[rescue] info trumps man
legalize at xmission.com
Thu Jan 19 18:55:43 CST 2006
In article <Pine.LNX.4.64.0601191335050.16927 at q7.q7.com>,
Skeezics Boondoggle <skeezics at q7.com> writes:
> Yes, but did you enjoy the Amiga?
The architecture, yes. But the A1000 was not expandable into a
genuinely useful configuration -- adding a hard drive cost as much as
an entire PC/DOS system with hard drive at the time. It frustrated me
because it had so much potential but it became a gigantic dead-end as
far as making money was concerned.
> Why feel bad about it?
I don't feel bad about it, I just resolved to do things differently
after that experience.
I'm not knocking unix. If someone offered to hire me for a unix gig,
I could do it and would have no problem doing it. But I knew plenty of
people with comparable unix skills in the 1998-2001 time frame and they
all had difficulty finding work in the local market. Meanwhile, I was
learning Windows and had no difficulty finding work. Different cities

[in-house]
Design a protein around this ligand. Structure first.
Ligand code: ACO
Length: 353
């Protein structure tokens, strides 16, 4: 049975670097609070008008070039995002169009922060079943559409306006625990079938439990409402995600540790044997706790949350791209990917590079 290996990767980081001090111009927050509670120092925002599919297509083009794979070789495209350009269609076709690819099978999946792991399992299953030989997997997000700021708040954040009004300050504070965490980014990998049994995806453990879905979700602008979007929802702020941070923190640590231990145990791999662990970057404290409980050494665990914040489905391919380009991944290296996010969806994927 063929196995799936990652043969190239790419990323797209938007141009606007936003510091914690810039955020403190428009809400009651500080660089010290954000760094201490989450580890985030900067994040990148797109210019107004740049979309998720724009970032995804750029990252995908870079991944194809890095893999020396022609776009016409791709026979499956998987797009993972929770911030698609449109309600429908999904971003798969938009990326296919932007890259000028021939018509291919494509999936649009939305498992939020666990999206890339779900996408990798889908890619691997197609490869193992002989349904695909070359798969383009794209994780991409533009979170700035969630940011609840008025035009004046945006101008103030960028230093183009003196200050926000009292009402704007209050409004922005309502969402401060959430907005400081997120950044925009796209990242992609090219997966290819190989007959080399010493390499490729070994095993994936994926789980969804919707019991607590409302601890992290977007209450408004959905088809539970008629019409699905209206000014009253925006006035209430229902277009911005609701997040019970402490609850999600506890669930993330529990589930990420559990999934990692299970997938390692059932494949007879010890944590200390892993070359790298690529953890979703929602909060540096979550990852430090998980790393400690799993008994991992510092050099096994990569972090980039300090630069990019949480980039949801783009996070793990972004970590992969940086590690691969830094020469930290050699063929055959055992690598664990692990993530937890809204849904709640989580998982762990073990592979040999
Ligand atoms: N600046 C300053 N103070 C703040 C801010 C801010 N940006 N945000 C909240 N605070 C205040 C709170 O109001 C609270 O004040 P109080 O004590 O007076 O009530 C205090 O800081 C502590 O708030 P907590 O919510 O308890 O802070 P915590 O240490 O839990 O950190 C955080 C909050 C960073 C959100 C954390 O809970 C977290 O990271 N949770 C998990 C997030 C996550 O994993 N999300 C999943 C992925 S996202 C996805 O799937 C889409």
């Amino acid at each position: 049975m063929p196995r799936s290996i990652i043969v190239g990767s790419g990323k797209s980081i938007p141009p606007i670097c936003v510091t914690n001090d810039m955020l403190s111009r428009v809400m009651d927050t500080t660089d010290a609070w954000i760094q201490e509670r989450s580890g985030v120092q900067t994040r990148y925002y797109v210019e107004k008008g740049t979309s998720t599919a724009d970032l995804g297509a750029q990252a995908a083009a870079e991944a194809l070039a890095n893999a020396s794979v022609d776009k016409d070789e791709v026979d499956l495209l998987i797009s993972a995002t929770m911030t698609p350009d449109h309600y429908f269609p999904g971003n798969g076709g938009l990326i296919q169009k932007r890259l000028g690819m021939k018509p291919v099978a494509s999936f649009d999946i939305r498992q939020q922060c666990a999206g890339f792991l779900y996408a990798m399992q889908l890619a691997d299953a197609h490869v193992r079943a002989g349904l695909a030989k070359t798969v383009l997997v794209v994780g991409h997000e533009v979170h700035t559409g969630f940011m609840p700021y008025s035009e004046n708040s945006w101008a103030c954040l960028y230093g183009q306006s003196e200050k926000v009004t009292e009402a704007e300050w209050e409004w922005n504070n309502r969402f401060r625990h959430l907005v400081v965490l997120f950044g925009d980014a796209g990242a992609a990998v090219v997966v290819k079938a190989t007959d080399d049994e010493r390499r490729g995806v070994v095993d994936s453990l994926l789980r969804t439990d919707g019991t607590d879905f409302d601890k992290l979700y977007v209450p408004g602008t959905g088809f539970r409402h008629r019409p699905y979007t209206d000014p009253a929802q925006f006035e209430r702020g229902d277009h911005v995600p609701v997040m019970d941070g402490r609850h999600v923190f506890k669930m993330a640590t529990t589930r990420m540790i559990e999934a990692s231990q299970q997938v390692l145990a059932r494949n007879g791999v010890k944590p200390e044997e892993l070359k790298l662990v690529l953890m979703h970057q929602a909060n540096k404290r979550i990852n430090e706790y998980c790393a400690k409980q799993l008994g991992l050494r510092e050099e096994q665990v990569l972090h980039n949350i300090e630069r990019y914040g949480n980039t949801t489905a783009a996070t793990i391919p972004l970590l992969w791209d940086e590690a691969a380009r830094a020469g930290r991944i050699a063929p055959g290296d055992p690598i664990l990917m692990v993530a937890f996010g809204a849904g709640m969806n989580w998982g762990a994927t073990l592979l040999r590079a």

have different technology ecosystems. Not so long ago around here,
everyone wanted you to know Novell networks :-).
I'm neither anti-unix, nor am I pro-Microsoft. I simply spend my time
investing in new skills in order to keep myself viable within the
marketplace. The unix bigots that I knew invested themselves in
platform religion and from my point of view, to the detriment of their
marketability locally. They themselves confess that they had
difficulty finding work, and when they did find work, it was at lesser
pay than before.
Population in 2000
181,743 Salt Lake City
I can imagine that these demographic facts make Portland a very
different market for computing jobs than Salt Lake City. Oregon has
about 50% more population than Utah as a whole and Portland has about
290% more population than Salt Lake City. Then there's the history of
the quantity and nature of the technology firms in the two cities. So
comparing Salt Lake City to Portland is not very much of an apples-to-
"The Direct3D Graphics Pipeline"-- code samples, sample chapter, FAQ:
Pilgrimage: Utah's annual demoparty
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